Django Unchained (2012)

Tarantino’s latest overstays its welcome, but his astonishing marriage of dialogue and action continues to wow.

Rating: 4 out of 5.

Dir. Quentin Tarantino
2012 | USA | Drama/Western| 165 mins | 2.39:1 | English
M18 (passed clean) for strong graphic violence throughout, a vicious fight, language and some nudity

Cast: Jamie Foxx, Christoph Waltz, Leonardo DiCaprio, Kerry Washington, Samuel L. Jackson
Plot: With the help of a German bounty hunter, a freed slave sets out to rescue his wife from a brutal Mississippi plantation owner.
Awards: Won 2 Oscars – Best Supporting Actor, Best Original Screenplay. Nom. for 3 Oscars – Best Picture, Best Cinematography, Best Sound Editing.
Distributor: Sony Pictures (Park Circus)

Accessibility Index
Subject Matter: Moderate
Narrative Style: Slightly Complex
Pace: Normal
Audience Type: Slightly Mainstream

Review #870

(Reviewed in theaters – first published 18 Mar 2013)

Spoilers: No

Mr Tarantino has done it again. His latest picture, Django Unchained, is one of the most entertaining works in his filmography. Well, it is not quite the complete experience like his masterpieces Pulp Fiction (1994) and Inglourious Basterds (2009), but it is a wild ride and a bloody good time spent in the theater.

Tarantino calls his action-Western a ‘Southern’, a period piece set during the tumultuous era of slavery, where in this case the hero is not a jaded White cowboy, but an African-American with a vengeance.

Django is his name, played by an inspired Jamie Foxx who turns from a slave in captivity to a reliable sharpshooting partner to German bounty hunter Dr King Schultz (Christoph Waltz).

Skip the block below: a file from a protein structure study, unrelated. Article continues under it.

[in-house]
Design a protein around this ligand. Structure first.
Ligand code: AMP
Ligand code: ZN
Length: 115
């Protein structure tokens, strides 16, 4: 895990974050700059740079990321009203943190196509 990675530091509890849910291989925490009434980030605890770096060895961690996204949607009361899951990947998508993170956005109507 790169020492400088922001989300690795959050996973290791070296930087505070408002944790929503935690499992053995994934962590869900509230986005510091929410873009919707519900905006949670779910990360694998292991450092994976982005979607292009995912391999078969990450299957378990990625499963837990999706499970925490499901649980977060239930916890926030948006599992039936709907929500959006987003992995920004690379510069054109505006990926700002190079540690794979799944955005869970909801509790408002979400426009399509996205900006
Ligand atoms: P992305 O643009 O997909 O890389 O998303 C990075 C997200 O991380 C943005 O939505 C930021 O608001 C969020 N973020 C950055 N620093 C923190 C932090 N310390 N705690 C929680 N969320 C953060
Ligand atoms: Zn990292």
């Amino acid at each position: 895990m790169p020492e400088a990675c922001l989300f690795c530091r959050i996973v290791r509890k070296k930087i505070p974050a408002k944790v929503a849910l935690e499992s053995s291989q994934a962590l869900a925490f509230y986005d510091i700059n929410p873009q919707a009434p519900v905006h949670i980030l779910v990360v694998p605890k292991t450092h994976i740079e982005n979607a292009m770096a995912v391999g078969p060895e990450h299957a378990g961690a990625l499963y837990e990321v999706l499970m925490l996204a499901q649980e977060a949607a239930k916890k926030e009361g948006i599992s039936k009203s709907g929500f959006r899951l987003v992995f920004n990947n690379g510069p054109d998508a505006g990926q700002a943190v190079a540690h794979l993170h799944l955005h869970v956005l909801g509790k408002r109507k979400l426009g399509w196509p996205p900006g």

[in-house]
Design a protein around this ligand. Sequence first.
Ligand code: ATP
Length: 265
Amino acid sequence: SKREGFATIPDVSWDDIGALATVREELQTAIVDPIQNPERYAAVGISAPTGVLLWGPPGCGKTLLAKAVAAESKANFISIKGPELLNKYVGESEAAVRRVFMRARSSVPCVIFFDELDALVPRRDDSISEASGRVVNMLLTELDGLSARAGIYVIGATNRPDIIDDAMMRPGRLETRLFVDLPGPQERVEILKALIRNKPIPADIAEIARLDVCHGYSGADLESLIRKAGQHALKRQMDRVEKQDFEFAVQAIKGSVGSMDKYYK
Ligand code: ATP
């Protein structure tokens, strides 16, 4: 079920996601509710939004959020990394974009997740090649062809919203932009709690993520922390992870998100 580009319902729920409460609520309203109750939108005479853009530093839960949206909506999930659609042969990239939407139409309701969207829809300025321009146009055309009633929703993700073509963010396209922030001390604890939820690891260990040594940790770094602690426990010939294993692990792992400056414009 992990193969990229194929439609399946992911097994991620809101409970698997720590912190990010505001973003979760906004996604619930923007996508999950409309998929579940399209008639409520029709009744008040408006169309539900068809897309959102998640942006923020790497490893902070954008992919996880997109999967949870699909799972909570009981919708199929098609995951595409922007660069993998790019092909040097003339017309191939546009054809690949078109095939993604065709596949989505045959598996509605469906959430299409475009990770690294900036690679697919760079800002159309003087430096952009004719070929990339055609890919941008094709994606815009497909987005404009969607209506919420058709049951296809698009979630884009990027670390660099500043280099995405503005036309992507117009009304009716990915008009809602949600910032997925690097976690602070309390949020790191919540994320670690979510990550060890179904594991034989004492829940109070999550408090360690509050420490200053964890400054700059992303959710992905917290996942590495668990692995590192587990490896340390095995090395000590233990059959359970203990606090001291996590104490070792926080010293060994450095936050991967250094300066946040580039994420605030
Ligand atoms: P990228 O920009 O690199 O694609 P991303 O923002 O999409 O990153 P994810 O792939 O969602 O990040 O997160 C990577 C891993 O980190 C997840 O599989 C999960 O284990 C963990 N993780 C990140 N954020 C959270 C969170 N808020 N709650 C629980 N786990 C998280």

Both are off to find Django’s wife (Kerry Washington), who is a slave working in a plantation owned by a ruthless Calvin Candie (Leonardo DiCaprio).

Along their journey, expect loads of violence and gore, and some kickass dialogue exchanges. Remaining consistent as ever, Tarantino’s trademark marriage of stylish action and sharp dialogue is unparalleled. There is so much homage to the genre, yet at the same time it circumvents its conventions.

In one sequence, Tarantino pops in a rap song by Rick Ross. In another, he pops in a remix version of Ennio Morricone’s theme for Two Mules for Sister Sara (1970). The resulting fusion of song and soundtrack is indescribable – distinctively Tarantino-ish yet it is something new to behold.

“Django. The D is silent.”

Tarantino is a master of creating characters that stand the test of time. In Django, he gives us another set of unforgettable characters, in particular Schultz and Candie.

There is also a delicious supporting role by Samuel L. Jackson who is positively annoying and promises a load of laughs. Django is possibly the most hilarious Tarantino picture to date.

It is also, for better or worse, his longest film to date. With a running time of 165 minutes, the film is bloated, though packed with rich material. However, the last twenty minutes appear to be too indulgent on Tarantino’s part – it would have worked better as part of an extended cut in a home video release than a theatrical cut.

This is the main reason Django is less complete an experience when compared to some of Tarantino’s best works, and why I gave only four stars.

Slavery seems to be the hot topic in recent months. Together with the more serious and stately Lincoln (2012), Django Unchained has stirred talk over America’s despicable past.

While Spielberg’s film is much more historically accurate, Tarantino’s film is more fun. It is also more controversial with its rampant use of the ‘N’ word, graphic depiction of violence, and the occasionally unnecessary killing of a White person. But it did get Tarantino his well-deserved second Oscar for Best Original Screenplay.

Grade: A-




Leave a Reply

Fill in your details below or click an icon to log in: Logo

You are commenting using your account. Log Out /  Change )

Twitter picture

You are commenting using your Twitter account. Log Out /  Change )

Facebook photo

You are commenting using your Facebook account. Log Out /  Change )

Connecting to %s